We have recently developed a two-qubit gate which uses only semiconductor devices and is a basic building block for photonic quantum computing schemes.
Light is already used as a carrier of information over optical fibres. By encoding each bit of data onto a single photon, one can create a quantum bit, or “qubit”. A photon is the smallest unit, or ‘particle’ of light. By exploiting the quantum mechanical properties of light it will be possible to build an optical quantum computer – a machine which could drastically increase the speed of complicated calculations.
A photonic logic gate is essentially a switch, much like a set of points on a railway line, which can be used to control the route a photon takes through the gate. In the simplest case, the 2-qubit gate, one photon is travelling along the photonic “track”. If a second photon is present at a “control” channel it can essentially switch the points and re-route the photon to a second set of tracks. In practice our “photonic railway tracks” are made from semiconductor waveguides. Figure (a) shows a photograph of some waveguides on a photonic circuit board. Unlike a set of railway points, the photon re-routing is not a mechanical process. Instead we utilise a phenomenon called “two-photon interference” to control the path the photon takes through the waveguide.
In the same way that an electronic circuit board allows many different electronic devices to be connected together, we have used our waveguide circuit board together with one of our high-performance single photon sources to create our all-semiconductor two-qubit gate. Figures (b) and (c) are images of our pillar microcavity single photon sources, recorded using a scanning electron microscope.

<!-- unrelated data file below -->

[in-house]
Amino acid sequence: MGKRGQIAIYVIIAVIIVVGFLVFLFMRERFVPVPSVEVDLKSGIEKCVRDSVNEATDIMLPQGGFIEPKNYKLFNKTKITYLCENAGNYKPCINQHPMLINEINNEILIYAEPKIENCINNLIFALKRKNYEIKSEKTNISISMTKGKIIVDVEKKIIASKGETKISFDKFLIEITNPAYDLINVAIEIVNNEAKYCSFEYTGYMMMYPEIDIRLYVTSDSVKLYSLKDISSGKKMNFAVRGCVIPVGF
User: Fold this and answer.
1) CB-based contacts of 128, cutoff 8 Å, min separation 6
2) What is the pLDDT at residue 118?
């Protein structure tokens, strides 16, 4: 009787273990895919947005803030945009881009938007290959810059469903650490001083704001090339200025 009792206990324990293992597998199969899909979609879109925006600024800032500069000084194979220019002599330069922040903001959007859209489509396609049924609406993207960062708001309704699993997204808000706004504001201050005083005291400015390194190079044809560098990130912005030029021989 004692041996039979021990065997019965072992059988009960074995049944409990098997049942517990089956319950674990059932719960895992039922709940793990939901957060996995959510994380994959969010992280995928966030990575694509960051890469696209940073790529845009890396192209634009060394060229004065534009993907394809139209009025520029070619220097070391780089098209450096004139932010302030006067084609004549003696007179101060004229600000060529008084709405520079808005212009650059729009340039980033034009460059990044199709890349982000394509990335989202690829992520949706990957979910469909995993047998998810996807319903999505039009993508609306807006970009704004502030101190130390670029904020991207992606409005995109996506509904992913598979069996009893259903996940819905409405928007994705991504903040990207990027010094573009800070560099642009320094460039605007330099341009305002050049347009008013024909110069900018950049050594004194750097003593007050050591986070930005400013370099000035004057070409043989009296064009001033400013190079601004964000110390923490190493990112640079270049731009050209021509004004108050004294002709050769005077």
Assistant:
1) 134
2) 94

The gate itself is quite straightforward and consists of a network of five couplers as shown in Figure (d). A photon arriving at each coupler can leave by either the top, or the bottom output port. The probability of this is controlled by the design of each individual coupler. When all five couplers are combined in this way, the result is a so-called “controlled-NOT gate”. The target (T) and control (C) photons arrive at the input ports on the left hand side of the circuit. If the control photon enters through port C0, the gate doesn’t re-route the target photon: If it entered through port T0, it will leave through port T0. If, however, the control photon enters through port C1, the gate will re-route the target photon from port T0 to port T1 and vice versa.
By combining this 2-qubit gate with 1-qubit gates, one has all the building blocks necessary to perform any photonic quantum operation.
[Technical] M.Pooley et al. “Controlled-NOT gate operating with single photons” Appl. Phys. Lett., vol 100, no 21, 211103 (2012)